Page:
Many Illinois child custody and visitation disputes come down to determining who has legal rights to the child. And while determining paternity does play a role in many cases, a man’s biological link to a child does not automatically establish whether or not he has parental rights. Child custody laws can differ from state to state and approach issues like parental rights and paternity differently. A recent case in Michigan illustrates how established legislation influences individual court rulings, and sheds light on how fragile fathers’ rights can be in some instances.
At the heart of the case are issues concerning a 57-year-old law and how it applies to one particular child custody dispute. The Michigan law in question was passed in 1956, and stipulates that a man does not have to be the biological father of a child to be recognized as the child’s parent. According to the law, the man only has to be married to the child’s mother to be granted parental rights. That decision, once meant to further fathers’ rights, may now be standing in the way of one man gaining custody of his biological child.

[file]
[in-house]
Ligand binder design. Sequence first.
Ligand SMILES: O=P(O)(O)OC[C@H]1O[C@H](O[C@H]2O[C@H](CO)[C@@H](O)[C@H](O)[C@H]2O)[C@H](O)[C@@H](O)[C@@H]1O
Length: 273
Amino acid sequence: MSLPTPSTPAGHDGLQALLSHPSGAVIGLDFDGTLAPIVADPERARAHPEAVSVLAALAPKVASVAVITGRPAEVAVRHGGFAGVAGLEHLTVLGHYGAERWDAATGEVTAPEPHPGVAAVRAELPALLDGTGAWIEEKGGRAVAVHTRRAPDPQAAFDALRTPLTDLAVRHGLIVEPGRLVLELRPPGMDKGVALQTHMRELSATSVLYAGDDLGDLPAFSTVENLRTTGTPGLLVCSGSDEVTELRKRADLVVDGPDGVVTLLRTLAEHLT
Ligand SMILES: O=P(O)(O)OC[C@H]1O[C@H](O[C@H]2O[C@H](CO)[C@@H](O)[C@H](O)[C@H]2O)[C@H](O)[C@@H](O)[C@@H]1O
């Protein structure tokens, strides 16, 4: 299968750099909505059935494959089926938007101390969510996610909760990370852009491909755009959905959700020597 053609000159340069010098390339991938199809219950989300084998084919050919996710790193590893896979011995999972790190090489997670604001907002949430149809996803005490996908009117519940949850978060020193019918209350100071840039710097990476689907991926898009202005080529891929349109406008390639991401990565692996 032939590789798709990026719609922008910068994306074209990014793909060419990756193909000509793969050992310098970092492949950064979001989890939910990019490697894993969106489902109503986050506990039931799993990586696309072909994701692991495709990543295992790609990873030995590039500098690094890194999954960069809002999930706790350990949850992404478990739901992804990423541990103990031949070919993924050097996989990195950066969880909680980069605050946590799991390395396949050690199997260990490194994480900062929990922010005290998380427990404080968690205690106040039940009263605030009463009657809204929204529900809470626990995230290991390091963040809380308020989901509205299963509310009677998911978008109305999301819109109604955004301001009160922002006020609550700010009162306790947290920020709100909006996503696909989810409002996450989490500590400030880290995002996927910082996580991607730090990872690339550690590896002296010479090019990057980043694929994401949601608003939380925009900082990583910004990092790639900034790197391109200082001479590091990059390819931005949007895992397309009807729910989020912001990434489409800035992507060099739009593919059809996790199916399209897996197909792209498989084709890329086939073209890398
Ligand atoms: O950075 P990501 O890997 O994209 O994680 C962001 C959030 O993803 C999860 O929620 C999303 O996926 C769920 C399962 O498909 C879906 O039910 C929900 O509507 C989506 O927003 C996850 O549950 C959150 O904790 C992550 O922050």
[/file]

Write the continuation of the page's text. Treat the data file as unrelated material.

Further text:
The old Michigan law comes into play in the recent case because the plaintiff in the dispute had a baby with a woman who was married to someone else at the time. Because of that fact, a Michigan appeals court upheld a previous ruling, deciding that the plaintiff and biological father has no legal rights to his child. The court found that the mother’s husband is the one who has parental rights.
This type of the ruling may be seen as a blow to fathers and fathers’ rights advocates everywhere. It’s recommended that anyone seeking paternal rights obtain sound legal counsel to help ensure they are treated fairly under the law.
Source: CBS Detroit, “Man Denied Right To Child Born Of Affair,” Sep. 20, 2013